Small Narration

Teatr Studio,Warsaw, Poland, 2011
Author: Wojtek Ziemilski
Directed by Wojtek Ziemilski

about the production

Performing arts, similarly as other arts, social and historical sciences as well as public discussions have recently been preoccupied, sometimes almost obsessed, with personal memories. For some people it means revealing the hidden corners of history, others are helped by such memories to come to terms with their own traumatic past, and there are also those who use memory as a political card.  Some people talk about memory inflation, others consider such tendencies a fashion that will slowly melt away.

Wojtek Ziemilski had two strong reasons why he decided to find a theatrical form in order to process the memory material: on the one hand, it was a very strong personal experience, on the other one, a reflection of forms by which scenic arts deal with memory.

In autumn 2006 it came out that Wojciech Dzieduszycki, a descendant of a prominent aristocratic family, an opera and cabaret singer, a prominent cultural activist and a respected citizen of the Polish city of Wroclaw had been a collaborator of the communist secret police for many years. Having heard this information, the family could not recover from it. Wojtek Ziemilski is Dzieduszycki’s grandson and a theatre and a visual artist who, in his works, also reflects art history. In his Small Narration he reflects the way in which memory         can be politicized. He is interested to know what effort society makes to face up to its own past. How this effort often ends in labelling the „enemies of the society“ and the following witch-hunt. How society relinquishes this complicated issue to simplistic journalistic forms in a variety of media, how this effort often resembles a trendy agenda and a political game rather than a genuine effort to tackle its own past.  Wojtek Ziemilski has created a staged reflection of events which followed this serious announcement. His personal memories and those of his family have encountered a social discussion commissioned by society’s instant need to handle its communist past.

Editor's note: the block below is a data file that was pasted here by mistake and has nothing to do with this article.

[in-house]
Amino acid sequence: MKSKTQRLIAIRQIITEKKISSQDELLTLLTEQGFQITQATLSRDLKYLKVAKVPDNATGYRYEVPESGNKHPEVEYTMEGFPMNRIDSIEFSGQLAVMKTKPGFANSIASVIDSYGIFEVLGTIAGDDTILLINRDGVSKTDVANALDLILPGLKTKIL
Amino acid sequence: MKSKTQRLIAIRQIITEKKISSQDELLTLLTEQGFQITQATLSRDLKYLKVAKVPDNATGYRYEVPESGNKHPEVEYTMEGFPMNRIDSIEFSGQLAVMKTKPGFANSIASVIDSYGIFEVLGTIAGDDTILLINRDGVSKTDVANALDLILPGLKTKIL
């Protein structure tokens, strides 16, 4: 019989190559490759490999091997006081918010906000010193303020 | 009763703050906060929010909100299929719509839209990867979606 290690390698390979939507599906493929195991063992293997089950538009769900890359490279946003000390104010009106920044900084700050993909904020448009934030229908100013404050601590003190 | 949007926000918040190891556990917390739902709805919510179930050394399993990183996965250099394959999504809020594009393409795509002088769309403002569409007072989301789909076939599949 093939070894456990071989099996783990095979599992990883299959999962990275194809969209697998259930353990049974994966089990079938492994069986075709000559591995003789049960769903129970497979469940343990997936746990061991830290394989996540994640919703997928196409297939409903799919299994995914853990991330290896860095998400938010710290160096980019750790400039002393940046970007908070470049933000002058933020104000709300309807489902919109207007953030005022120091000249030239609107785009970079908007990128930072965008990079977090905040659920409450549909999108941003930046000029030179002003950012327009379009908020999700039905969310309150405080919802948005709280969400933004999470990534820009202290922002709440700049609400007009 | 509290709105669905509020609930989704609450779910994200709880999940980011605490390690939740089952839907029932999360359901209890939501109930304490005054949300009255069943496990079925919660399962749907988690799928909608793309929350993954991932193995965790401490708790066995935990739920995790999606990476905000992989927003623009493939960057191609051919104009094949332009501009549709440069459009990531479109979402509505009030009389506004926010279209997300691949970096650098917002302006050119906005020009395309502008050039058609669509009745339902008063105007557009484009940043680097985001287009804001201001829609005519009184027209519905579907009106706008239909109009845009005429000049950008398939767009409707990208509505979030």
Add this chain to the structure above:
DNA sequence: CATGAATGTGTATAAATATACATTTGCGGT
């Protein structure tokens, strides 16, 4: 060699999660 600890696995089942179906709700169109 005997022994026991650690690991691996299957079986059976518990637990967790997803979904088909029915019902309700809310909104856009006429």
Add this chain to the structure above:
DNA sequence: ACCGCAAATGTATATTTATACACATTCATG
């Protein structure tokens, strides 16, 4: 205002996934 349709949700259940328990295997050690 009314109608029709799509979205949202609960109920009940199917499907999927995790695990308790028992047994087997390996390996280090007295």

Ján Šimko



Wojtek Ziemilski (1977), was born in California but, for the most part of his life, lived in Poland. In 2002 he finished his studies of philosophy at the Université Pierre-Mendès- France in Grenoble and at Warsaw University. In 2004 he studied direction at Fundação Calouste Gulbenkian in Lisbon. He runs workshops on performance and studies the relationship between theatre and visual art in theory and practice. In his theatre work he links film techniques, video art and multimedia performance. He has been cooperating with the Centre for Contemporary Art Zamek Ujazdowski, the National Centre for Culture and the Theatre Institute in Warsaw. He is a writer and publishes articles about art.